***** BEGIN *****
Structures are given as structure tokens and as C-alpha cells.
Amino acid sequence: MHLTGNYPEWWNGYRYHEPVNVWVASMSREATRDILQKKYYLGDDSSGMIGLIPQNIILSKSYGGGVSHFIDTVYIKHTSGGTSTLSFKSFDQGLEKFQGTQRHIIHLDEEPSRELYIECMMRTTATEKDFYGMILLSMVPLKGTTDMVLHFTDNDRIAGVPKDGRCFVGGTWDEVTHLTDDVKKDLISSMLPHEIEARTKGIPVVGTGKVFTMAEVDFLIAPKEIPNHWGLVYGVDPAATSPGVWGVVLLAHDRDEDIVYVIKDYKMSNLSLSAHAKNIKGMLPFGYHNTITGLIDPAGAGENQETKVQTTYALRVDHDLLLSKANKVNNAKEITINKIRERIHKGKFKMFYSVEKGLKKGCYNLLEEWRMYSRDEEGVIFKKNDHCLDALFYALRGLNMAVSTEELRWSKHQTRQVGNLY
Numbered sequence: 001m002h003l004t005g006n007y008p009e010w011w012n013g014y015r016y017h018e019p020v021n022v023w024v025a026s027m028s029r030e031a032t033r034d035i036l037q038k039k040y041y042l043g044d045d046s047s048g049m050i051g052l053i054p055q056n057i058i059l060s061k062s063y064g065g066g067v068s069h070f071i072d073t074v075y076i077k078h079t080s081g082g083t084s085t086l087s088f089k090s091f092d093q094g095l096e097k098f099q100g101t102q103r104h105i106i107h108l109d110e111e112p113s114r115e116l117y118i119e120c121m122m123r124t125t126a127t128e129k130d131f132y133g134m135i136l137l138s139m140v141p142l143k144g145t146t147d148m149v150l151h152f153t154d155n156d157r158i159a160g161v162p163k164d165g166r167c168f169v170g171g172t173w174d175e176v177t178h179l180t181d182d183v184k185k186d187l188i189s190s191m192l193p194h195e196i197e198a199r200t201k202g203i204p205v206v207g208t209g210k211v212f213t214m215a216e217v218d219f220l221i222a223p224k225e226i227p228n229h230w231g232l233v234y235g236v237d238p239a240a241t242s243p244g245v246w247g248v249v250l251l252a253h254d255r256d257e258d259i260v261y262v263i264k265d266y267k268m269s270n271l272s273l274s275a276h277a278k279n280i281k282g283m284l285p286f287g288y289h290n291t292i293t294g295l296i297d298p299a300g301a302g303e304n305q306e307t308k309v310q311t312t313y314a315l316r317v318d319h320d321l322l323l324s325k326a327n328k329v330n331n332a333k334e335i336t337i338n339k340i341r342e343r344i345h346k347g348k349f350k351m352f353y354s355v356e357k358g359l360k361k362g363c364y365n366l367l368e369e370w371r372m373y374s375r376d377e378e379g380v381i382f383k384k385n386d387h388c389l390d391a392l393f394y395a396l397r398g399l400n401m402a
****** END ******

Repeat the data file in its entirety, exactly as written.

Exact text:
Structures are given as structure tokens and as C-alpha cells.
Amino acid sequence: MHLTGNYPEWWNGYRYHEPVNVWVASMSREATRDILQKKYYLGDDSSGMIGLIPQNIILSKSYGGGVSHFIDTVYIKHTSGGTSTLSFKSFDQGLEKFQGTQRHIIHLDEEPSRELYIECMMRTTATEKDFYGMILLSMVPLKGTTDMVLHFTDNDRIAGVPKDGRCFVGGTWDEVTHLTDDVKKDLISSMLPHEIEARTKGIPVVGTGKVFTMAEVDFLIAPKEIPNHWGLVYGVDPAATSPGVWGVVLLAHDRDEDIVYVIKDYKMSNLSLSAHAKNIKGMLPFGYHNTITGLIDPAGAGENQETKVQTTYALRVDHDLLLSKANKVNNAKEITINKIRERIHKGKFKMFYSVEKGLKKGCYNLLEEWRMYSRDEEGVIFKKNDHCLDALFYALRGLNMAVSTEELRWSKHQTRQVGNLY
Numbered sequence: 001m002h003l004t005g006n007y008p009e010w011w012n013g014y015r016y017h018e019p020v021n022v023w024v025a026s027m028s029r030e031a032t033r034d035i036l037q038k039k040y041y042l043g044d045d046s047s048g049m050i051g052l053i054p055q056n057i058i059l060s061k062s063y064g065g066g067v068s069h070f071i072d073t074v075y076i077k078h079t080s081g082g083t084s085t086l087s088f089k090s091f092d093q094g095l096e097k098f099q100g101t102q103r104h105i106i107h108l109d110e111e112p113s114r115e116l117y118i119e120c121m122m123r124t125t126a127t128e129k130d131f132y133g134m135i136l137l138s139m140v141p142l143k144g145t146t147d148m149v150l151h152f153t154d155n156d157r158i159a160g161v162p163k164d165g166r167c168f169v170g171g172t173w174d175e176v177t178h179l180t181d182d183v184k185k186d187l188i189s190s191m192l193p194h195e196i197e198a199r200t201k202g203i204p205v206v207g208t209g210k211v212f213t214m215a216e217v218d219f220l221i222a223p224k225e226i227p228n229h230w231g232l233v234y235g236v237d238p239a240a241t242s243p244g245v246w247g248v249v250l251l252a253h254d255r256d257e258d259i260v261y262v263i264k265d266y267k268m269s270n271l272s273l274s275a276h277a278k279n280i281k282g283m284l285p286f287g288y289h290n291t292i293t294g295l296i297d298p299a300g301a302g303e304n305q306e307t308k309v310q311t312t313y314a315l316r317v318d319h320d321l322l323l324s325k326a327n328k329v330n331n332a333k334e335i336t337i338n339k340i341r342e343r344i345h346k347g348k349f350k351m352f353y354s355v356e357k358g359l360k361k362g363c364y365n366l367l368e369e370w371r372m373y374s375r376d377e378e379g380v381i382f383k384k385n386d387h388c389l390d391a392l393f394y395a396l397r398g399l400n401m402a